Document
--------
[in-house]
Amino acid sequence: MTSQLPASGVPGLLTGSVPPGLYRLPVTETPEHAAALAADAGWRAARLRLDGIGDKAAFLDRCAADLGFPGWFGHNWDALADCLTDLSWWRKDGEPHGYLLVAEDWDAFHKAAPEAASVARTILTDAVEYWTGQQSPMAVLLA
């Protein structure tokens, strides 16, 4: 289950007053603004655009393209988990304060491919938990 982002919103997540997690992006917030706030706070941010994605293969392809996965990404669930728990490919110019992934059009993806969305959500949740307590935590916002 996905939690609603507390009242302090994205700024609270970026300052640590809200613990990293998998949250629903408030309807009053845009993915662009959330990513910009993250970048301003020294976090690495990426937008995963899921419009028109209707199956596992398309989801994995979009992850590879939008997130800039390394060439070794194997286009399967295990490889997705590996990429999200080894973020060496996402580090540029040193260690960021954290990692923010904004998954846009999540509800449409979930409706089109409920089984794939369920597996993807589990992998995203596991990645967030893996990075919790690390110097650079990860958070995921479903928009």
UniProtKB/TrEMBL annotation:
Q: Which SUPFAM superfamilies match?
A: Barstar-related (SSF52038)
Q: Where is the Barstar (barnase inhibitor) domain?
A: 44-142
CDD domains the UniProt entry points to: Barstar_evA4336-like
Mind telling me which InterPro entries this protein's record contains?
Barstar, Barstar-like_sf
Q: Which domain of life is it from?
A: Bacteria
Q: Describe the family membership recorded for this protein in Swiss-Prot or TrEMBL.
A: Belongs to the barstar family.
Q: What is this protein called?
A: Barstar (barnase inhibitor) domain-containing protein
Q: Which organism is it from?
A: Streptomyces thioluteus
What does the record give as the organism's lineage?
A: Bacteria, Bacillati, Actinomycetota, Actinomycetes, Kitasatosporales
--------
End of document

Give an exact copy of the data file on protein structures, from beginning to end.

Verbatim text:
[in-house]
Amino acid sequence: MTSQLPASGVPGLLTGSVPPGLYRLPVTETPEHAAALAADAGWRAARLRLDGIGDKAAFLDRCAADLGFPGWFGHNWDALADCLTDLSWWRKDGEPHGYLLVAEDWDAFHKAAPEAASVARTILTDAVEYWTGQQSPMAVLLA
């Protein structure tokens, strides 16, 4: 289950007053603004655009393209988990304060491919938990 982002919103997540997690992006917030706030706070941010994605293969392809996965990404669930728990490919110019992934059009993806969305959500949740307590935590916002 996905939690609603507390009242302090994205700024609270970026300052640590809200613990990293998998949250629903408030309807009053845009993915662009959330990513910009993250970048301003020294976090690495990426937008995963899921419009028109209707199956596992398309989801994995979009992850590879939008997130800039390394060439070794194997286009399967295990490889997705590996990429999200080894973020060496996402580090540029040193260690960021954290990692923010904004998954846009999540509800449409979930409706089109409920089984794939369920597996993807589990992998995203596991990645967030893996990075919790690390110097650079990860958070995921479903928009």
UniProtKB/TrEMBL annotation:
Q: Which SUPFAM superfamilies match?
A: Barstar-related (SSF52038)
Q: Where is the Barstar (barnase inhibitor) domain?
A: 44-142
CDD domains the UniProt entry points to: Barstar_evA4336-like
Mind telling me which InterPro entries this protein's record contains?
Barstar, Barstar-like_sf
Q: Which domain of life is it from?
A: Bacteria
Q: Describe the family membership recorded for this protein in Swiss-Prot or TrEMBL.
A: Belongs to the barstar family.
Q: What is this protein called?
A: Barstar (barnase inhibitor) domain-containing protein
Q: Which organism is it from?
A: Streptomyces thioluteus
What does the record give as the organism's lineage?
A: Bacteria, Bacillati, Actinomycetota, Actinomycetes, Kitasatosporales